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Mad, Bad & Dangerous to Know

Writing in the 1930s, Bertrand Russell attributes the birth of the Romantic Movement to Lord Byron and Rousseau. Russell then goes on to claim that the current age of totalitarian dictatorships -- Mussolini, Hitler, Stalin -- are direct philosophical and cultural consequences of the movement founded by Rousseau and Byron, that without Byron and Rousseau, there could not 150 years later have been a Hitler or a Stalin in Europe.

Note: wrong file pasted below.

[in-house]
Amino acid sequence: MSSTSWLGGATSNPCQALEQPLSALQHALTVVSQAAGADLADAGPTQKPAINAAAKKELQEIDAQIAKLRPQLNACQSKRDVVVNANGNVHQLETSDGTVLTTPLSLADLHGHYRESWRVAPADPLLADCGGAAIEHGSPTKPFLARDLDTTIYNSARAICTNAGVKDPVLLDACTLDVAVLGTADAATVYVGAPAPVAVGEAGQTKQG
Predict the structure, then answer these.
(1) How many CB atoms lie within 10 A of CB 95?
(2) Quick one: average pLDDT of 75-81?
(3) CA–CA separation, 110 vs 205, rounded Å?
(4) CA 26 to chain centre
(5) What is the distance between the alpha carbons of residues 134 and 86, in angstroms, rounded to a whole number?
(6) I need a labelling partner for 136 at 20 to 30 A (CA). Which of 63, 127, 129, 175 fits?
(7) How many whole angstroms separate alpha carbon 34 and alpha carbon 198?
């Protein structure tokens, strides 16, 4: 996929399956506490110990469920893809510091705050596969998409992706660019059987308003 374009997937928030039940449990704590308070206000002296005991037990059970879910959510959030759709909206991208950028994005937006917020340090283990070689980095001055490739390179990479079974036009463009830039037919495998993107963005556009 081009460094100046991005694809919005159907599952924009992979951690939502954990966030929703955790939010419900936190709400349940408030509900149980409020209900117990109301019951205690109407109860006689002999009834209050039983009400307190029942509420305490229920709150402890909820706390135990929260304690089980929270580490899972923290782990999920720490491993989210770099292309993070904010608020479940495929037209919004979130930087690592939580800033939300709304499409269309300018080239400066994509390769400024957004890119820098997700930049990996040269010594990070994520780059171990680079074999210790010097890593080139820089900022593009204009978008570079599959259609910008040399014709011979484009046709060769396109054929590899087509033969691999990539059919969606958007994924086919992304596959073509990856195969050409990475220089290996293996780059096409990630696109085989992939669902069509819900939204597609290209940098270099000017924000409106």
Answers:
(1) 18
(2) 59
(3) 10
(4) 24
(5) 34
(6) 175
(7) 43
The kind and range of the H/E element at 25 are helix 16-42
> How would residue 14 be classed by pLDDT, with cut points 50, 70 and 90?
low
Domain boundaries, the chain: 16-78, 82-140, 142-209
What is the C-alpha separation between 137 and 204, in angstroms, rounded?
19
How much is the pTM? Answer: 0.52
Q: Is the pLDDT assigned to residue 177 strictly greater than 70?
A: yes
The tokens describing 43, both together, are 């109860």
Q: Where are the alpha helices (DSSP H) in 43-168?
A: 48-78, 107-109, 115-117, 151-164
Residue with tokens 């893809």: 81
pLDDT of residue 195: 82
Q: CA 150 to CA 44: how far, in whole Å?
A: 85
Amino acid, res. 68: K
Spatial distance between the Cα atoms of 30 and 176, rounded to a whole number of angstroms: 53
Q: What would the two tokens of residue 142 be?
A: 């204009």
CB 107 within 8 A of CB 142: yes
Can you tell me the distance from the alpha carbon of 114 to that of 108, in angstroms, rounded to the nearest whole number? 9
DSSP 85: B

Perhaps as an American I'm not nearly as intimate with Rousseau and Byron as Europeans are. I can't imagine the kind of impact and influence that Russell claims a rock-star poet and an aggressively perverse philosopher had on Europe.
When the Bronte Sisters were little girls growing up in the north of England, they got to read the London scandal and gossip sheets, which were filled with the shocking, lurid exploits of Lord Byron -- "Mad, bad, and dangerous to know." In the Bronte novels, the dark, brooding, angry heroes are all modelled on their childhood gossip-sheet impressions of Mr George Gordon.